So what does all this have to do with health care?  Plenty.  Respected experts like Eric Topol have proclaimed that The Future of Medicine Is in Your Smartphone, and it won't be long before whatever we can do (or want to do) on a smartphone, we will be able to do in VR.

We're already seeing virtual reality being used to train physicians (e.g., surgical or other procedures) and even for PT/rehab.  If I was WebMD or any of the other health content providers I'd be rapidly retooling my patient education materials to include VR; why read a paragraph or watch a video when you can see the problem and its treatments in VR?

The other obvious use for VR is in telemedicine.  Instead of a video chat between a provider and patient, the consultation could take place in a virtual exam room, or in the patient's augmented living room, for that matter.  Think of the HoloLens demo where the expert guided the user to replace a light switch, and imagine the possibilities for patient education and treatment.  All those remote monitoring and smartphone-based diagnostic options that Dr. Topol evangelizes about should still be available in VR, giving the patient and the clinician a powerful set of tools to work with.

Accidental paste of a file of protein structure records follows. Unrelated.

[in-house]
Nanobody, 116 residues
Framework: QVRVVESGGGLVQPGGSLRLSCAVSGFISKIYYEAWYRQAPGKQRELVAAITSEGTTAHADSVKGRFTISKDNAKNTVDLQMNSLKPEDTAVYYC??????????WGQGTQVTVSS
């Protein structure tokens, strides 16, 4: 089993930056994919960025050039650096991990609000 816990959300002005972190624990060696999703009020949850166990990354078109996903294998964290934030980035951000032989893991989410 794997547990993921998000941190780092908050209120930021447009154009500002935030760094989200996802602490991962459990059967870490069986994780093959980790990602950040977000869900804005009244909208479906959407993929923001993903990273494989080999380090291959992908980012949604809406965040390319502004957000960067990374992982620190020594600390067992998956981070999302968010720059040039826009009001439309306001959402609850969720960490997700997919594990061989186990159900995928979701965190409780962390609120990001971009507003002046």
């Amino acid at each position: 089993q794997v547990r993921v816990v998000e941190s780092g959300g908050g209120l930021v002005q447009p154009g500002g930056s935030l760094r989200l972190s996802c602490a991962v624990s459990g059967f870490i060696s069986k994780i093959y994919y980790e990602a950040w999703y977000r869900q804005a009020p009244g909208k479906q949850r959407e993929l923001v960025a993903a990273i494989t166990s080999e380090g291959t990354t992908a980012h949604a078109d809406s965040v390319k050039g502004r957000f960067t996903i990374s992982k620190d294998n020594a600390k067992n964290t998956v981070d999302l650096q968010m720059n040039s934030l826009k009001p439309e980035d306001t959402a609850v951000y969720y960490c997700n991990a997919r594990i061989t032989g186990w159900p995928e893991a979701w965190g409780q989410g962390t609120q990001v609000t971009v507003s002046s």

You can bet that Microsoft is furiously working to upgrade Skype to try to be the preeminent VR tool.

With virtual reality, we have to recognize that interactions will be different, the concept of place will be different, and what we can do with and for information will be different.  It will require new approaches and new flexibility, and I suspect most organizations are already behind the curve.